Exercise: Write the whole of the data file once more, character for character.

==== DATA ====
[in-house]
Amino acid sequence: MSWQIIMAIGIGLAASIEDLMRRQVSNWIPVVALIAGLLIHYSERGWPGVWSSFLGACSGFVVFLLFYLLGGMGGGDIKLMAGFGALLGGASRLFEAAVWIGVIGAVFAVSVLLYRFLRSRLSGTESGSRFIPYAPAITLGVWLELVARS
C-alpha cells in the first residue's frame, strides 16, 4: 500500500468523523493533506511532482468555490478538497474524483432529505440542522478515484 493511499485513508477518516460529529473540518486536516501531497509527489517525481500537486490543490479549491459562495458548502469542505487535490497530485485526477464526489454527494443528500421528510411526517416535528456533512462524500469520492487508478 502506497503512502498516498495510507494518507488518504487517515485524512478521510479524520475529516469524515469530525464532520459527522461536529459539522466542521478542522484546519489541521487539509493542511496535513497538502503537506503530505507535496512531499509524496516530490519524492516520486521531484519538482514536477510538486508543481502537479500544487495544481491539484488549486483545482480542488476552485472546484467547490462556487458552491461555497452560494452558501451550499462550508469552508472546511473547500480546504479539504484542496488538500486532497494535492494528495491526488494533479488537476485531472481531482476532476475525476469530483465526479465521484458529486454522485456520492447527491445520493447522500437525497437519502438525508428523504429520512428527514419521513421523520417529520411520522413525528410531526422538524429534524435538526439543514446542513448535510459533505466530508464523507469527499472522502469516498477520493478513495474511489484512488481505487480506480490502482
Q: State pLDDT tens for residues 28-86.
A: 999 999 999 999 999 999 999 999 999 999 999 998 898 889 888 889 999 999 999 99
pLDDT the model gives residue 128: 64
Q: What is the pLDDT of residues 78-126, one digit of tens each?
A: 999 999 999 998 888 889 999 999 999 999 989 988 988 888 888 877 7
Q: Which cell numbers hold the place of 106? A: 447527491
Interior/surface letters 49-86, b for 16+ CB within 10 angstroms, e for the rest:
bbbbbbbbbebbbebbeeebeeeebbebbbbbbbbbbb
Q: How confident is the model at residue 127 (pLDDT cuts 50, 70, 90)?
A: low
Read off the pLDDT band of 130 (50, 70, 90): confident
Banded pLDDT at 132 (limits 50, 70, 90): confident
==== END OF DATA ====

[in-house]
Amino acid sequence: MSWQIIMAIGIGLAASIEDLMRRQVSNWIPVVALIAGLLIHYSERGWPGVWSSFLGACSGFVVFLLFYLLGGMGGGDIKLMAGFGALLGGASRLFEAAVWIGVIGAVFAVSVLLYRFLRSRLSGTESGSRFIPYAPAITLGVWLELVARS
C-alpha cells in the first residue's frame, strides 16, 4: 500500500468523523493533506511532482468555490478538497474524483432529505440542522478515484 493511499485513508477518516460529529473540518486536516501531497509527489517525481500537486490543490479549491459562495458548502469542505487535490497530485485526477464526489454527494443528500421528510411526517416535528456533512462524500469520492487508478 502506497503512502498516498495510507494518507488518504487517515485524512478521510479524520475529516469524515469530525464532520459527522461536529459539522466542521478542522484546519489541521487539509493542511496535513497538502503537506503530505507535496512531499509524496516530490519524492516520486521531484519538482514536477510538486508543481502537479500544487495544481491539484488549486483545482480542488476552485472546484467547490462556487458552491461555497452560494452558501451550499462550508469552508472546511473547500480546504479539504484542496488538500486532497494535492494528495491526488494533479488537476485531472481531482476532476475525476469530483465526479465521484458529486454522485456520492447527491445520493447522500437525497437519502438525508428523504429520512428527514419521513421523520417529520411520522413525528410531526422538524429534524435538526439543514446542513448535510459533505466530508464523507469527499472522502469516498477520493478513495474511489484512488481505487480506480490502482
Q: State pLDDT tens for residues 28-86.
A: 999 999 999 999 999 999 999 999 999 999 999 998 898 889 888 889 999 999 999 99
pLDDT the model gives residue 128: 64
Q: What is the pLDDT of residues 78-126, one digit of tens each?
A: 999 999 999 998 888 889 999 999 999 999 989 988 988 888 888 877 7
Q: Which cell numbers hold the place of 106? A: 447527491
Interior/surface letters 49-86, b for 16+ CB within 10 angstroms, e for the rest:
bbbbbbbbbebbbebbeeebeeeebbebbbbbbbbbbb
Q: How confident is the model at residue 127 (pLDDT cuts 50, 70, 90)?
A: low
Read off the pLDDT band of 130 (50, 70, 90): confident
Banded pLDDT at 132 (limits 50, 70, 90): confident